Explain the Origin and the Concept of ‘Neighbour Principle’. Illustrate with Decided Cases the Application of This Principle.

1862 Words Oct 28th, 2012 8 Pages

Explain the origin and the concept of ‘Neighbour Principle’. Illustrate with decided cases the application of this principle.

Above all, I want to explain the ‘Neighbour Principle’’. Lord Atkin stated his famous neighbour Principle as was that 'You must take reasonable care to avoid acts or omissions which you can reasonably foresee would be likely to injure your neighbour `.This is sometimes known as the neighbour principle.

By `neighbour`, Lord Atkin did not mean the person who lives next door, but `persons who are so closely and directly affected by my act that i ought to have them in contemplation as being so affected when i am directing my mind to the acts or omissions which are called in
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The branch of law that we now know as negligence has its origins in the most famous case. Because, the test for the existence of a duty owed to the plaintiff is the `neighbour` principle stated by Lord Atkin in this case. The foresight of the reasonable man. One therefore asks the question whether the injury to the plaintiff was the reasonably foreseeable consequence of the defendant’s acts or omissions.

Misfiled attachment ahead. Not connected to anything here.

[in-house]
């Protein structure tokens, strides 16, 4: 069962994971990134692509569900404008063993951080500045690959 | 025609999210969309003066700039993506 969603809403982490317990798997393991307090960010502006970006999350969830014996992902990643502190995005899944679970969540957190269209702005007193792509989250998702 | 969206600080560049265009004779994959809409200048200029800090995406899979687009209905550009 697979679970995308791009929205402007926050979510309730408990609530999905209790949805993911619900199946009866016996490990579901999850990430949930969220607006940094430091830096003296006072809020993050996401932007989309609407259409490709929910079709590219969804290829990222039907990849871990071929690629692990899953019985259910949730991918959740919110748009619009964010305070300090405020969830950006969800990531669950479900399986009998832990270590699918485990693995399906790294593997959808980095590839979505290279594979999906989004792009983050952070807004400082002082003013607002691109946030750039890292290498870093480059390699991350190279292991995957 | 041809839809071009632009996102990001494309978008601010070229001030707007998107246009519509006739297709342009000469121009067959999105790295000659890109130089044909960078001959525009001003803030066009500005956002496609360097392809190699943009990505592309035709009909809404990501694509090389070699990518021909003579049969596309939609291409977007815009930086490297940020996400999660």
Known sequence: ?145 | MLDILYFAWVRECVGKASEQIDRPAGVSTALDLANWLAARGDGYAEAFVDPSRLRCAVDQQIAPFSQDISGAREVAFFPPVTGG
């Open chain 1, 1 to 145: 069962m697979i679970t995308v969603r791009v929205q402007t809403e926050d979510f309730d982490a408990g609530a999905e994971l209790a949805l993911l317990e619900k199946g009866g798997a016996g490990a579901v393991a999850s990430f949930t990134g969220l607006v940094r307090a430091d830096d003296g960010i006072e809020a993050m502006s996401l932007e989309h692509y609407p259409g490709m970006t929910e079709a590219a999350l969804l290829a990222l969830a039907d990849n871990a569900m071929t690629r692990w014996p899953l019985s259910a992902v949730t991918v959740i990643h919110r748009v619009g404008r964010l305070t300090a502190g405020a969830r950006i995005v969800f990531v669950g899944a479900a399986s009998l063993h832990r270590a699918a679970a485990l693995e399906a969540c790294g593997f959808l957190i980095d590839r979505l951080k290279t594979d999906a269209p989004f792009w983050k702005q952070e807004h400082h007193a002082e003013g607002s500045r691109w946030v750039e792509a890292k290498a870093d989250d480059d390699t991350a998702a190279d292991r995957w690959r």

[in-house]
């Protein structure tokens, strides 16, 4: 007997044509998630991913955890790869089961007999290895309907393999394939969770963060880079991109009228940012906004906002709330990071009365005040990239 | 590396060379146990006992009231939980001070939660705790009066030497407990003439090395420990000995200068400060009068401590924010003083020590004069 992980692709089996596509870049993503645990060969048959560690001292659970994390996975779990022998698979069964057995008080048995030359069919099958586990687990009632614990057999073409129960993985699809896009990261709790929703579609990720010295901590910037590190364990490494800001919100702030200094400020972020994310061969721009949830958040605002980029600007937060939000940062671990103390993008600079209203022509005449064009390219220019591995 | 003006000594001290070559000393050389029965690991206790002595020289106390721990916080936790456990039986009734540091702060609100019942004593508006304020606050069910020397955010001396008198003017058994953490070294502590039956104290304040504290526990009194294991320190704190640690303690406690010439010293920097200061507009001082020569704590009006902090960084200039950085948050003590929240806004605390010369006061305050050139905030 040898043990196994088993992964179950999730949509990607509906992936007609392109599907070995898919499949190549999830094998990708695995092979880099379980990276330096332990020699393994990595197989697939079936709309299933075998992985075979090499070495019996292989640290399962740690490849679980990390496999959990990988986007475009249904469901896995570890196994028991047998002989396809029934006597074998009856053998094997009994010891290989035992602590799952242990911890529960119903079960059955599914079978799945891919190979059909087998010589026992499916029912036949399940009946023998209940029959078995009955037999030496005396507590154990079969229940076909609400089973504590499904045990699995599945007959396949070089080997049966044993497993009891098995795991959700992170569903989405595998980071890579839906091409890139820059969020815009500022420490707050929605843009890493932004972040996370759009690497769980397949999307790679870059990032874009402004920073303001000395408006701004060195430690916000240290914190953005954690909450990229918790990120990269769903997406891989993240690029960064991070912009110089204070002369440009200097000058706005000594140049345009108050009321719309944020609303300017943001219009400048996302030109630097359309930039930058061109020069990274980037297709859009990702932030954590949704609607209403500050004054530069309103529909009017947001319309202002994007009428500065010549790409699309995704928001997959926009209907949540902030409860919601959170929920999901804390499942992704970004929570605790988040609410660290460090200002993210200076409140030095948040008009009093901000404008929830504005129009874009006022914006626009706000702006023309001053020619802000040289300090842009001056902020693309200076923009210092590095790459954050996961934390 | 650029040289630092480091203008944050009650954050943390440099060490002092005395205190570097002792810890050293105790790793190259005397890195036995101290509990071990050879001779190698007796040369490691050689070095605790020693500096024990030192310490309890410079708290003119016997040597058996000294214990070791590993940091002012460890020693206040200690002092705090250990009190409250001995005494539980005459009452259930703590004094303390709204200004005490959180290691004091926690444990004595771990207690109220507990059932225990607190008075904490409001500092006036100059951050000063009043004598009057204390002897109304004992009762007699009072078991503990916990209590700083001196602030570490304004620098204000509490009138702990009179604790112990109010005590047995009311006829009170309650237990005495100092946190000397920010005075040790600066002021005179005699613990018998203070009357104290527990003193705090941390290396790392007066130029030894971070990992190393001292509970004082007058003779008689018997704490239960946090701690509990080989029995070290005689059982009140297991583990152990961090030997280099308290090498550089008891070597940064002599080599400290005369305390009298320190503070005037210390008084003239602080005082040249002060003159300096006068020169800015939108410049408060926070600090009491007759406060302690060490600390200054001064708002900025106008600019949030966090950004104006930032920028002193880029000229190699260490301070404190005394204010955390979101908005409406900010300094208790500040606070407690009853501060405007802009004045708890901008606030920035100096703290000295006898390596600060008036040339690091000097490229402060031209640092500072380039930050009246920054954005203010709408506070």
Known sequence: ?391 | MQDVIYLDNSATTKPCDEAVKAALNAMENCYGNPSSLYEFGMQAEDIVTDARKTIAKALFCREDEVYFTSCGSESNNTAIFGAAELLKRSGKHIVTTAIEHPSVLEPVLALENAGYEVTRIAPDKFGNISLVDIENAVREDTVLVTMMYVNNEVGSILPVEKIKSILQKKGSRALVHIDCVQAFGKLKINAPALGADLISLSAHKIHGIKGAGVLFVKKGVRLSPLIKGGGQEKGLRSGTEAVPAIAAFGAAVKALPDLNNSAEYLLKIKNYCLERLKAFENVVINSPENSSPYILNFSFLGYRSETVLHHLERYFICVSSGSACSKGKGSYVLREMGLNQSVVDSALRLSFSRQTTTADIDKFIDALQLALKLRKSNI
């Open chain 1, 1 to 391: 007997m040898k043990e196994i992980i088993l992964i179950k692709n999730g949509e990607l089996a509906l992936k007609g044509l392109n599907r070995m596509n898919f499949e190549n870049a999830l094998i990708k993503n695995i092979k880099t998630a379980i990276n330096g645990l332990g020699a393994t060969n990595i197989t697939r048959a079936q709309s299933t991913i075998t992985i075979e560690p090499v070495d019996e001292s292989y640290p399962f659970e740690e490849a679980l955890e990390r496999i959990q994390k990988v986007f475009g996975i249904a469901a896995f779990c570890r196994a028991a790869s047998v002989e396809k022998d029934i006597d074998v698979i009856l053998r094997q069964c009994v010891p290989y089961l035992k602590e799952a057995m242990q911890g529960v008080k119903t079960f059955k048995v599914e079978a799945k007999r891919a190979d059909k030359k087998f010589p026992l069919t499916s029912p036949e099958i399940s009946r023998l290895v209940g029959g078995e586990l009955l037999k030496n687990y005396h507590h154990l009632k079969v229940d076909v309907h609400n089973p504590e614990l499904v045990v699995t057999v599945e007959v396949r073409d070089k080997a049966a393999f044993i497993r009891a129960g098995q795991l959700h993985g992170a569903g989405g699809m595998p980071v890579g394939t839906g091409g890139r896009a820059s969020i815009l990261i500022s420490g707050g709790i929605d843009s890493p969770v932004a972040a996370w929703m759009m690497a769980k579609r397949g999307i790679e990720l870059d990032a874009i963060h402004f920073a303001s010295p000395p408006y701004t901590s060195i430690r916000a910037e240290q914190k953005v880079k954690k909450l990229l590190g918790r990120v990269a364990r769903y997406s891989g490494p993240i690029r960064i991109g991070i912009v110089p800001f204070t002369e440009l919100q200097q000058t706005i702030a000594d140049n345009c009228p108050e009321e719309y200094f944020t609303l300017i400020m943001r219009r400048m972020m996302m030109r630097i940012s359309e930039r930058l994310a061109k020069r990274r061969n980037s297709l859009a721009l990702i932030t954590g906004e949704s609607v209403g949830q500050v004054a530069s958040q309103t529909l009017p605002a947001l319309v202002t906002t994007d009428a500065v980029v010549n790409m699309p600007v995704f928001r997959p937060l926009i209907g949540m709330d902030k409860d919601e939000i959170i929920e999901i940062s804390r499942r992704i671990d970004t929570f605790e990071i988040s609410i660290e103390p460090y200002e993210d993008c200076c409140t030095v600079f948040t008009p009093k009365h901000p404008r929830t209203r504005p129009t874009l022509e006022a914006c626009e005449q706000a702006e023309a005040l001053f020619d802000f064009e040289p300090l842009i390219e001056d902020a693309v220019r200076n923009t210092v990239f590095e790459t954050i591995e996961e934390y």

【Donoghue v Stevenson】 (1932) AC 562

A friend of the plaintiff purchased ginger beer in an opaque bottle. The plaintiff poured half of the ginger beer into a glass and drank it, She then poured the remainder into the glass and saw the remains of a decomposed snail. She claimed to have suffered illness as a result. She sued the manufacturers of the ginger beer in negligence beer in negligence as she had no contract with either the retailer or the manufacturer. The House of Lords lay down that a duty was owed by the defendant to the plaintiff.

Held: Although there was no contractual duty on the part of the manu-facturer towards A`s friend, the manufacturer owed her a duty to take care that the bottle did not contain noxious matter and he would be liable if that duty was broken.

Up until this time, the usual remedy for damage caused by a defective product would be an action in contract, but this was unavailable to Mrs Donoghue, because the contract for the manufacturer, and the House of Lords agreed

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